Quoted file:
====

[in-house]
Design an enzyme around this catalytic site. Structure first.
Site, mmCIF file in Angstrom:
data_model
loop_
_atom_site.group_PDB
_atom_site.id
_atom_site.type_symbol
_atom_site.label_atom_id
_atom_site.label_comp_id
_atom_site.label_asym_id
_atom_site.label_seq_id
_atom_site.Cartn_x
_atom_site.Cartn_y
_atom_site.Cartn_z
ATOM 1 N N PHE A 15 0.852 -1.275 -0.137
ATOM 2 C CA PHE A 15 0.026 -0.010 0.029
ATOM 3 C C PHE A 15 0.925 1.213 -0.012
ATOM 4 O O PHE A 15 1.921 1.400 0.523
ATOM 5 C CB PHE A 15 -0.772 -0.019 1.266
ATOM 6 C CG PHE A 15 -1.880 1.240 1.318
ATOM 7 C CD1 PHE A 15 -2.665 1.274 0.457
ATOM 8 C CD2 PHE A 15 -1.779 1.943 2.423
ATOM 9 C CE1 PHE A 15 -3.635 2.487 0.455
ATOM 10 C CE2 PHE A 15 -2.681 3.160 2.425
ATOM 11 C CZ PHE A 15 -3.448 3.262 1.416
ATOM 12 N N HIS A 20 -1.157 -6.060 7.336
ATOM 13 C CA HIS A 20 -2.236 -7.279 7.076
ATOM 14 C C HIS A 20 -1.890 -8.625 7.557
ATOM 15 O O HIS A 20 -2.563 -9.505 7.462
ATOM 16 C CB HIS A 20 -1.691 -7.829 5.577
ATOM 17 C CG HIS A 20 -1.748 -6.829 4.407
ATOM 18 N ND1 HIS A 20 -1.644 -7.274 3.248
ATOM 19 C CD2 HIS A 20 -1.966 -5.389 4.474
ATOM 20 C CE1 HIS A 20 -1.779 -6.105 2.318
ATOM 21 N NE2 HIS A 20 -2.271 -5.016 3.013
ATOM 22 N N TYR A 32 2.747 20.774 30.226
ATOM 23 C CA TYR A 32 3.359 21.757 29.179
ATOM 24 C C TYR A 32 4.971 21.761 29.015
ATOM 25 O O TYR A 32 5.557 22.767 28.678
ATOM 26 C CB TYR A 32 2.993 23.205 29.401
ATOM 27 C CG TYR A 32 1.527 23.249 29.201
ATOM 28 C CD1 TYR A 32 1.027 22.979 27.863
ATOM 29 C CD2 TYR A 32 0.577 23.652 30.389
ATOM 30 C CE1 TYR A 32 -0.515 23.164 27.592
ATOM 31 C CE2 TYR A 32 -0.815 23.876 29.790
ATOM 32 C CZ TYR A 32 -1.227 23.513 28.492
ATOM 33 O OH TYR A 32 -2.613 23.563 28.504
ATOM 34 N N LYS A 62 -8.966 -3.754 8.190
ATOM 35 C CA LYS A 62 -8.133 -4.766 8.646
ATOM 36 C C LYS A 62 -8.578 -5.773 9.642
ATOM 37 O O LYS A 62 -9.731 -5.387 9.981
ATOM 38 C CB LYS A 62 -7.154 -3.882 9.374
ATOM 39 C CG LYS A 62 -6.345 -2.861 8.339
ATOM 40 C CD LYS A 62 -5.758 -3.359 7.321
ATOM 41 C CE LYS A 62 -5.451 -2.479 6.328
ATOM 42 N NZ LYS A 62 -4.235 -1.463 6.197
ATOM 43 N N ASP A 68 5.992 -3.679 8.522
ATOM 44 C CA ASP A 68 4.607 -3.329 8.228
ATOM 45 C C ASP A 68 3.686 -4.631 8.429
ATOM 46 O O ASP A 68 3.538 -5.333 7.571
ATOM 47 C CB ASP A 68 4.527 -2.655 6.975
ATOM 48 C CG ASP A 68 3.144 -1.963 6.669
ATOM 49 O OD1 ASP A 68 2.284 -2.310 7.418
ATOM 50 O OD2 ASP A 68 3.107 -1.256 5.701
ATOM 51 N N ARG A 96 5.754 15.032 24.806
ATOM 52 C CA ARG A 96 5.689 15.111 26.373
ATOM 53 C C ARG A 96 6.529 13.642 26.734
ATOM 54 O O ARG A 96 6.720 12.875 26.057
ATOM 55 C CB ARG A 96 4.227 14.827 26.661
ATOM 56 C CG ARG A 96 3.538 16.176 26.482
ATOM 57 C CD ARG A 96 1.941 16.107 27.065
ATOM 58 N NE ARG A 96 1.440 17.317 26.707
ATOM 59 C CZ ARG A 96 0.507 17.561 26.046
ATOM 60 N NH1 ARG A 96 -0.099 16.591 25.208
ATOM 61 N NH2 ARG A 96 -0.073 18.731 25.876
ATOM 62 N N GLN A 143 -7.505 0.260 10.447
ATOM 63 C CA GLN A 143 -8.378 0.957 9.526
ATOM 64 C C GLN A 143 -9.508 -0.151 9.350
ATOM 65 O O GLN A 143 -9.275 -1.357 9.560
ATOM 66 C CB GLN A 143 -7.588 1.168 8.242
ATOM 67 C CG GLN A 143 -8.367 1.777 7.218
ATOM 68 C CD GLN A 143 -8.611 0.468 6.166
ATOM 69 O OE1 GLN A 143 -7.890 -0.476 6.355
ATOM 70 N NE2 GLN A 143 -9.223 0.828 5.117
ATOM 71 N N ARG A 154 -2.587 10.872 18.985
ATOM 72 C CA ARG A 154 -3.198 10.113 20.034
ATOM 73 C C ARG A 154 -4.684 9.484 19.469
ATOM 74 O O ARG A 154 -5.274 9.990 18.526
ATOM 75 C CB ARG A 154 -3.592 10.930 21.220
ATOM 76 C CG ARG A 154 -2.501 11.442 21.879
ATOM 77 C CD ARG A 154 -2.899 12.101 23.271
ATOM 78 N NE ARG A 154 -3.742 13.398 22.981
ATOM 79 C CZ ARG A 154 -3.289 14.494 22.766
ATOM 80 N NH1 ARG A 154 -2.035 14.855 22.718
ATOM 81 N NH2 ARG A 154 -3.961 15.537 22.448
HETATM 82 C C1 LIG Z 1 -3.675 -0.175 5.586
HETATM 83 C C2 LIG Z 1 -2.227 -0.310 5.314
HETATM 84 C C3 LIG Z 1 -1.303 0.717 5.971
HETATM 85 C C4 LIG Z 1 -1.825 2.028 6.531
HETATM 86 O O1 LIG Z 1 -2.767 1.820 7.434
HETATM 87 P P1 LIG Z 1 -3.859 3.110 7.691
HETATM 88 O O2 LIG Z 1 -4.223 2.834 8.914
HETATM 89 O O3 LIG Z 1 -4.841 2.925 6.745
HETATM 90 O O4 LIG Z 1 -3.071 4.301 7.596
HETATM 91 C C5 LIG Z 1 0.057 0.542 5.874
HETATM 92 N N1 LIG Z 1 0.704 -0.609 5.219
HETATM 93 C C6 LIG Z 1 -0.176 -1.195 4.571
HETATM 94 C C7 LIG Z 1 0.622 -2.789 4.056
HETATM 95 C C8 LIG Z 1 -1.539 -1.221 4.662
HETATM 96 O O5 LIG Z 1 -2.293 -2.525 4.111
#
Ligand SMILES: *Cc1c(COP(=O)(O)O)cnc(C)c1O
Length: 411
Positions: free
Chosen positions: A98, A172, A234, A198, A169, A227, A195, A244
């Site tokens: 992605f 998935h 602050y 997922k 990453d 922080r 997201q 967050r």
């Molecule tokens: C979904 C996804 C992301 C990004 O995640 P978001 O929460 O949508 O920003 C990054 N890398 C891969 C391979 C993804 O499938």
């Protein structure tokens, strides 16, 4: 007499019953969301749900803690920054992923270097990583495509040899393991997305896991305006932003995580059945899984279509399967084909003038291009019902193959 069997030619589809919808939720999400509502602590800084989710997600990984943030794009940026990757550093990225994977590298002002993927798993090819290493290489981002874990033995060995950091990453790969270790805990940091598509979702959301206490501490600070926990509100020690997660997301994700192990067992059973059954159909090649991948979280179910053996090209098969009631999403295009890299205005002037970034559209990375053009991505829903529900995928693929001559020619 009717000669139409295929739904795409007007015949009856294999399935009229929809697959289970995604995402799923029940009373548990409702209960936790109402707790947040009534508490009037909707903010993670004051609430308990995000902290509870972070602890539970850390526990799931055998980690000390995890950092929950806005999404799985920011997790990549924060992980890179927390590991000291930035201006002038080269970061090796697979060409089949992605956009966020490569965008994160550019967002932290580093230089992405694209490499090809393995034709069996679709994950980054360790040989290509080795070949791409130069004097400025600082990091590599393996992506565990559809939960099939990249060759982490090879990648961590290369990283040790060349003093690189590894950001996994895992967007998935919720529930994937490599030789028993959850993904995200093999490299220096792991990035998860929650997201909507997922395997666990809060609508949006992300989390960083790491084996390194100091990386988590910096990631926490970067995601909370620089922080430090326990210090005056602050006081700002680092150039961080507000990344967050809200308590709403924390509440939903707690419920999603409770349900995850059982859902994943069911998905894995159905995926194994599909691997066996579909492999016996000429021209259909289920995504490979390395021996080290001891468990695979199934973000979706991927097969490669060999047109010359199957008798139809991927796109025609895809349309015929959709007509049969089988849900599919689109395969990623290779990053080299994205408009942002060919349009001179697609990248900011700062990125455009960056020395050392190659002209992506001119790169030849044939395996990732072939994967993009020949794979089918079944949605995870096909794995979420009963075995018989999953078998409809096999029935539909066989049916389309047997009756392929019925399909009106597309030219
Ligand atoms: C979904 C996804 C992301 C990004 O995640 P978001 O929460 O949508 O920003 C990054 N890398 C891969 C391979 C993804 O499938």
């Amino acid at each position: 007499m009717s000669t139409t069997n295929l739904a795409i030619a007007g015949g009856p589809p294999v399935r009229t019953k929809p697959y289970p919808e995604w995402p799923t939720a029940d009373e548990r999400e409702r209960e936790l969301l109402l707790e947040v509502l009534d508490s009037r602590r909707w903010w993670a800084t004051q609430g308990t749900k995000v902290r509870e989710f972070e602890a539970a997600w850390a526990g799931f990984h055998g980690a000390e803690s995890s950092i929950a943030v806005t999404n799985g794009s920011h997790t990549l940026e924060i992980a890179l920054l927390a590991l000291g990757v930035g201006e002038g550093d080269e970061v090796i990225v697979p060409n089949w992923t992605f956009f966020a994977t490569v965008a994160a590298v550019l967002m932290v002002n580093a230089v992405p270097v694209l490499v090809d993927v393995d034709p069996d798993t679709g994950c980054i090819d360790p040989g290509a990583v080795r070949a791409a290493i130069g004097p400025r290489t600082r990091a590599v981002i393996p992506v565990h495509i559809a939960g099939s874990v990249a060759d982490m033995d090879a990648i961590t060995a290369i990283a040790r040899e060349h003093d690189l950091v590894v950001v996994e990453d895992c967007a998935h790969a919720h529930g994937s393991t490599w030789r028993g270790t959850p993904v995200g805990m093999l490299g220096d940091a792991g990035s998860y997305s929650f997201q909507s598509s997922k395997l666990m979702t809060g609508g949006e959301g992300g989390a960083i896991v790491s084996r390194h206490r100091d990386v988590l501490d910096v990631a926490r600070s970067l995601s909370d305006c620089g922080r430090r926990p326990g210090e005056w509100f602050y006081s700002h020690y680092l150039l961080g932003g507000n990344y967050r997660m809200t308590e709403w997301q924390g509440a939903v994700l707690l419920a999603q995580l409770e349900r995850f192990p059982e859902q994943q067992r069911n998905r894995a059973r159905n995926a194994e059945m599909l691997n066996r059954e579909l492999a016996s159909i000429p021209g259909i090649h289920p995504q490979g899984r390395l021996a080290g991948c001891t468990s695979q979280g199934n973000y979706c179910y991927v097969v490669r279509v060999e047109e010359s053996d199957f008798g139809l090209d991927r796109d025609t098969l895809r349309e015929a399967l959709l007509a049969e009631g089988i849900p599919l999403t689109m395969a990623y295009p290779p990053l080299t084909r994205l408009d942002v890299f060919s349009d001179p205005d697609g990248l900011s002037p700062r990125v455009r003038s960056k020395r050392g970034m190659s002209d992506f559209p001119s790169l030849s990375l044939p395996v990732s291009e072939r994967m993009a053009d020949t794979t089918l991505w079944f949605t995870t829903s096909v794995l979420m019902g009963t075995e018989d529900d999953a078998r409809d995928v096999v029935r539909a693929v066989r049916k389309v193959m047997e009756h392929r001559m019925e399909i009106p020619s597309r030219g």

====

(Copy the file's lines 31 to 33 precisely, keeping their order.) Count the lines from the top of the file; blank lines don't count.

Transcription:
ATOM 16 C CB HIS A 20 -1.691 -7.829 5.577
ATOM 17 C CG HIS A 20 -1.748 -6.829 4.407
ATOM 18 N ND1 HIS A 20 -1.644 -7.274 3.248